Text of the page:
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New test approved for trichomonas vaginalis
Trichomoniasis is the most common curable sexually transmitted infection (STI) in young, sexually active women, according to the Centers for Disease Control and Prevention. An estimated 7.4 million new cases occur each year in U.S. women and men.1
Results of a just-published study indicate a test just approved by the Food and Drug Administration (FDA) might be more accurate in identifying infection than currently available methods.2 The study compared the performance of the Aptima transcription-mediated amplification assay against the currently available Affirm assay (Becton, Dickinson and Company, Franklin Lakes, NJ), which is used in obstetric/gynecology practice. The Aptima test is from Gen-Probe of San Diego. The Aptima Trichomonas vaginalis assay received marketing clearance in Europe in 2010.
The Aptima Trichomonas assay uses the same nucleic acid amplification technologies as the Aptima Combo 2 assay, Gen-Probe's chlamydia and gonorrhea test.
To perform the current study, investigators evaluated specimens from 766 patients. Specimens were retrieved consecutively from patients with vaginal complaints and/or with histories suggestive of sexually transmitted infection. Study results indicate the Affirm assay produced false positive and false negative results, while the Aptima assay detected 36% more infected women and yielded a sensitivity of 100% and no false positives.
Investigators also found that trichomonas infection was most prevalent in women ages 36-45 and in women ages 51-60, says Kimberle Chapin, MD, director of the microbiology lab at Rhode Island Hospital in Providence and lead author of the study. "While this was definitely surprising and a new finding in these age groups, this data has now also been substantiated in the FDA clinical trial data involving multiple sites in the United States including Rhode Island Hospital," says Chapin. "In the Rhode Island population with a low prevalence of sexually transmitted infections, we found that Trichomonas vaginalis infection was higher than that of chlamydia and gonorrhea, supporting the need for routine testing for [the infection] and suggesting a different reason for why women may be seeing their physicians with certain gynecologic complaints."
STI not reportedyet
Chapin has been working with Jane Schwebke, MD, professor of medicine at the University of Alabama at Birmingham, and Charlotte Gaydos, DrPH, MPH, MS, professor in the Division of Infectious Diseases, Department of Medicine at the Johns Hopkins University School of Medicine in Baltimore, in bringing more awareness regarding the prevalence of trichomonas vaginalis. The three scientists are scheduled to present on the subject at the upcoming July 2011 meeting of the International Society for Sexually Transmitted Diseases Research in Quebec City, Canada.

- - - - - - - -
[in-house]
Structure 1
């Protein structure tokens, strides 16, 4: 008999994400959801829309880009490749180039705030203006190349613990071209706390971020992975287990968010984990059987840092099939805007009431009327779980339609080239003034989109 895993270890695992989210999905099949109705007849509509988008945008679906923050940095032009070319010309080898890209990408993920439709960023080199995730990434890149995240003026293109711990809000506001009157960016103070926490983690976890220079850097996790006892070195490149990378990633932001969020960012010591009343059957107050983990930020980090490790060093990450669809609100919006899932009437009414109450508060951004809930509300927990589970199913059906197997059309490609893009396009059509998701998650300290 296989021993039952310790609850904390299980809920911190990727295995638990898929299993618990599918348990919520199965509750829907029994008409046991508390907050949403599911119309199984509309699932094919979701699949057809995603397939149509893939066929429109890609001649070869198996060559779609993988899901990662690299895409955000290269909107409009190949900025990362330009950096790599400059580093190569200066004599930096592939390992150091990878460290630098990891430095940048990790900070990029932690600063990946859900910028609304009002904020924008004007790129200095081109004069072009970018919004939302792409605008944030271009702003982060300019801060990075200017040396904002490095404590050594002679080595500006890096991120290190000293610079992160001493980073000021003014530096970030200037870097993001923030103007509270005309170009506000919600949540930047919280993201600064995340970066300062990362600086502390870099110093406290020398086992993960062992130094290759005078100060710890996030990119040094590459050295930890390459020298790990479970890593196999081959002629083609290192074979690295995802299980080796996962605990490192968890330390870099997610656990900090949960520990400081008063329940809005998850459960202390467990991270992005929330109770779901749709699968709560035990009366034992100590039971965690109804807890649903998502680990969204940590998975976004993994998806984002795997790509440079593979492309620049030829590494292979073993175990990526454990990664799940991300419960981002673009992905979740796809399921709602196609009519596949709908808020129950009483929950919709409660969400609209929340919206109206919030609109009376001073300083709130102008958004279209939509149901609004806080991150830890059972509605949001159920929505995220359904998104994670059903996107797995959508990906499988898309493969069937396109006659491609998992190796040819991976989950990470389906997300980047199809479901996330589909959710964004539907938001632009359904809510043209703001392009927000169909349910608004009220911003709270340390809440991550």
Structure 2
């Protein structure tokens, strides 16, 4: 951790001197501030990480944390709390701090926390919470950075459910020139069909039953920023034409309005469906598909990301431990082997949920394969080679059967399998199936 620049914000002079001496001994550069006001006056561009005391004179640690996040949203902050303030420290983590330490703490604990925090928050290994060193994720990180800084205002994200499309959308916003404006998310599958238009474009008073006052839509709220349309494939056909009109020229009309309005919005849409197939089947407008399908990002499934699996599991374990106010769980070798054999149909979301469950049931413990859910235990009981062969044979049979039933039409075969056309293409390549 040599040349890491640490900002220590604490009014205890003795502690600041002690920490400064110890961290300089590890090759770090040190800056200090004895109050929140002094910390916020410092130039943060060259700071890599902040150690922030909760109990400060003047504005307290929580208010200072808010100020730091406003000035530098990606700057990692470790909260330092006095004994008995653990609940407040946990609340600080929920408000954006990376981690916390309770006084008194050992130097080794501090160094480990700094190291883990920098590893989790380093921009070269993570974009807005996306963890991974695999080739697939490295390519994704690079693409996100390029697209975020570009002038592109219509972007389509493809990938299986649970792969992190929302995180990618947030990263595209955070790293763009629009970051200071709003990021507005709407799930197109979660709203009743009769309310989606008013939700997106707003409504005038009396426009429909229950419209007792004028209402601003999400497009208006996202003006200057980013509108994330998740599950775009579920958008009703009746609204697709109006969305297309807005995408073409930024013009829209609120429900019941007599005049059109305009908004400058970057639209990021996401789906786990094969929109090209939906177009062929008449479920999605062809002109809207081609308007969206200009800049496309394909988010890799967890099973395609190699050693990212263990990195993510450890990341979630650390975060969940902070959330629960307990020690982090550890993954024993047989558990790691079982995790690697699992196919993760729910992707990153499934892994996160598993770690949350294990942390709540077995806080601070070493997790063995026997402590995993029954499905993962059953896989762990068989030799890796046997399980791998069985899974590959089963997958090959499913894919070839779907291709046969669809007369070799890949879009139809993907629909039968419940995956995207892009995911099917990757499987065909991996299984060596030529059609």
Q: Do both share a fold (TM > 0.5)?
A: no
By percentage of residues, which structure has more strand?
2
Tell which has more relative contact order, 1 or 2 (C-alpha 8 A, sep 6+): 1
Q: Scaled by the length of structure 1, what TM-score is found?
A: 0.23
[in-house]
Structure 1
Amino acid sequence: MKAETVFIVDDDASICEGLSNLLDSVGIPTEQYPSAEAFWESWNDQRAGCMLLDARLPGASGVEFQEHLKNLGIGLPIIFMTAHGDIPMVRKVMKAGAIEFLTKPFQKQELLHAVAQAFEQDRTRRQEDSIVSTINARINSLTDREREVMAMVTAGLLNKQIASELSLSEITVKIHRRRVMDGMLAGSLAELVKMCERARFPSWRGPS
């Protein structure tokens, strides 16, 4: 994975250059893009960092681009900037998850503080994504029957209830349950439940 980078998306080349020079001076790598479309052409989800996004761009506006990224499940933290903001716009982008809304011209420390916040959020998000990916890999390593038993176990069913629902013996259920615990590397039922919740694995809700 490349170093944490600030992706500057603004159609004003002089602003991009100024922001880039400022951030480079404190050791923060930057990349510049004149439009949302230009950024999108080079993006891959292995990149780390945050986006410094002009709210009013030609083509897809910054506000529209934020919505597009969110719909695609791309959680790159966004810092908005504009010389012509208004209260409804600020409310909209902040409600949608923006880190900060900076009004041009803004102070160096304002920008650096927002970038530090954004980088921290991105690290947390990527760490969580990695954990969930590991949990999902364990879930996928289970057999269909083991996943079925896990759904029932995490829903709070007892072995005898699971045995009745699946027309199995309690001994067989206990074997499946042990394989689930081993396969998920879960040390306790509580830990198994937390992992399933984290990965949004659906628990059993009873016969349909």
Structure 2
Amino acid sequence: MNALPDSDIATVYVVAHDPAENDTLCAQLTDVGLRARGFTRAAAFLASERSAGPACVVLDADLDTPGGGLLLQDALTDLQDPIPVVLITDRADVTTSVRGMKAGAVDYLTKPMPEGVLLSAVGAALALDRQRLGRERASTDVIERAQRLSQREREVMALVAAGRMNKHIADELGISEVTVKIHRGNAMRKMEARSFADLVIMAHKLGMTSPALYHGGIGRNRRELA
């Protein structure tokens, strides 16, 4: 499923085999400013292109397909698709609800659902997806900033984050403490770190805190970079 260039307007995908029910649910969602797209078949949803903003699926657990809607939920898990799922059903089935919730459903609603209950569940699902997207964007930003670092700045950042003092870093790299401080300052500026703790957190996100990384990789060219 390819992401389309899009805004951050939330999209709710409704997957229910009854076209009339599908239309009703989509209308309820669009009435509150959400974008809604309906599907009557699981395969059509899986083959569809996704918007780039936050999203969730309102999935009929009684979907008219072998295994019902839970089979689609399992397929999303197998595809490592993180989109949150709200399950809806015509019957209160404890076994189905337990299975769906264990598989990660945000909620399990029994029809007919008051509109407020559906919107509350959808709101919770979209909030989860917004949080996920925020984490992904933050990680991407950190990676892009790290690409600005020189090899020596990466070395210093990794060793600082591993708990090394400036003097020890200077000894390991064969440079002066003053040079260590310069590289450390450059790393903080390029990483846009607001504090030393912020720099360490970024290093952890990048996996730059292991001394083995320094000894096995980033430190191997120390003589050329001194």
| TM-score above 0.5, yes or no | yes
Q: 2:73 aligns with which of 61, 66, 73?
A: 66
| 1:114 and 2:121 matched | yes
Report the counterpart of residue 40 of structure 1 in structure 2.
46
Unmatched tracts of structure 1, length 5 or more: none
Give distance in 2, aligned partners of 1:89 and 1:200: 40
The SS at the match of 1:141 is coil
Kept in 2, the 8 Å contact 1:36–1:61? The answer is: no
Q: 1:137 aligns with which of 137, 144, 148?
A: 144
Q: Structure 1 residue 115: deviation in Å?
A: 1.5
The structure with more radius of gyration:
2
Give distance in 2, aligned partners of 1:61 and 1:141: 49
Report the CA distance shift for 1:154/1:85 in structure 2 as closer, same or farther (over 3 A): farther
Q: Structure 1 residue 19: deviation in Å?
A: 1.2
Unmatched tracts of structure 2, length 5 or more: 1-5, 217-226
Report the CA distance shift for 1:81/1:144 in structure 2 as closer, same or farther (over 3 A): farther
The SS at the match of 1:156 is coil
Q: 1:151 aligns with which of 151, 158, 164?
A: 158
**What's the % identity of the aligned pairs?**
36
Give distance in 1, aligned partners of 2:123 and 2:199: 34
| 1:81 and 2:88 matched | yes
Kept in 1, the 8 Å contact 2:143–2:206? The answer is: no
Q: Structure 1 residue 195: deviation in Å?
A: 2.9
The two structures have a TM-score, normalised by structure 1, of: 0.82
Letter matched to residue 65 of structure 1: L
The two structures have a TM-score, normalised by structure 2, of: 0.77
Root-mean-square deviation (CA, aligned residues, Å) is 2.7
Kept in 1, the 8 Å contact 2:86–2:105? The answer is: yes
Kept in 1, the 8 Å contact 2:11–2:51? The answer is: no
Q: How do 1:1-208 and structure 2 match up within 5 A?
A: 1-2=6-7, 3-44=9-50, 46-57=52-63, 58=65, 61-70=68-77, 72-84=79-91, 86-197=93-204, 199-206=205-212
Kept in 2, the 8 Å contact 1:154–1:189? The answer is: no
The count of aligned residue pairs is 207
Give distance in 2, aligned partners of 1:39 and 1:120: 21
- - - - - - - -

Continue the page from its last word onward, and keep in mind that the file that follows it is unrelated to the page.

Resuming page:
"Really, the issue is how do we yet involve another public health infection. How do we screen for it, and how do we treat it?" observes Chapin. Investigators such as Chapin, Schwebke, and Gaydos have called for the infection to be listed as a reportable disease so it receives proper attention.
Chapin offers the following scenario as a reason for increased emphasis on detecting infection: A physician phoned in a request to Chapin for help with a patient with chronic vaginitis. While the patient had been tested for various STIs and treated for vaginitis, she still suffered with symptoms. A test with the new Aptima test proved trichomonas vaginalis positive; the infection had not been detected by other methods.
Reproductive health clinicians know all too well the "revolving door patient" whose infection is incorrectly diagnosed and/or whose partner is asymptomatic and might be reinfecting the patient, says Chapin. These occurrences are similar to what clinicians saw with chlamydia 10 years ago, she notes.
Results of the current study show an increased prevalence of disease in women ages 51 to 60. The fact that the current study shows a prevalence in older women is intriguing to Chapin. "Is it a sociological thing, where they are not likely to get pregnant, not using birth control, and not using barrier contraception, or is it a more physiologic component, where their vaginal milieu is changing and they are more susceptible?" Chapin asks. "Or is it a chronic infection they may have had, but have been getting mistreated for bacterial vaginosis, which is a similar treatment? To be honest, I think that is a big part of the problem."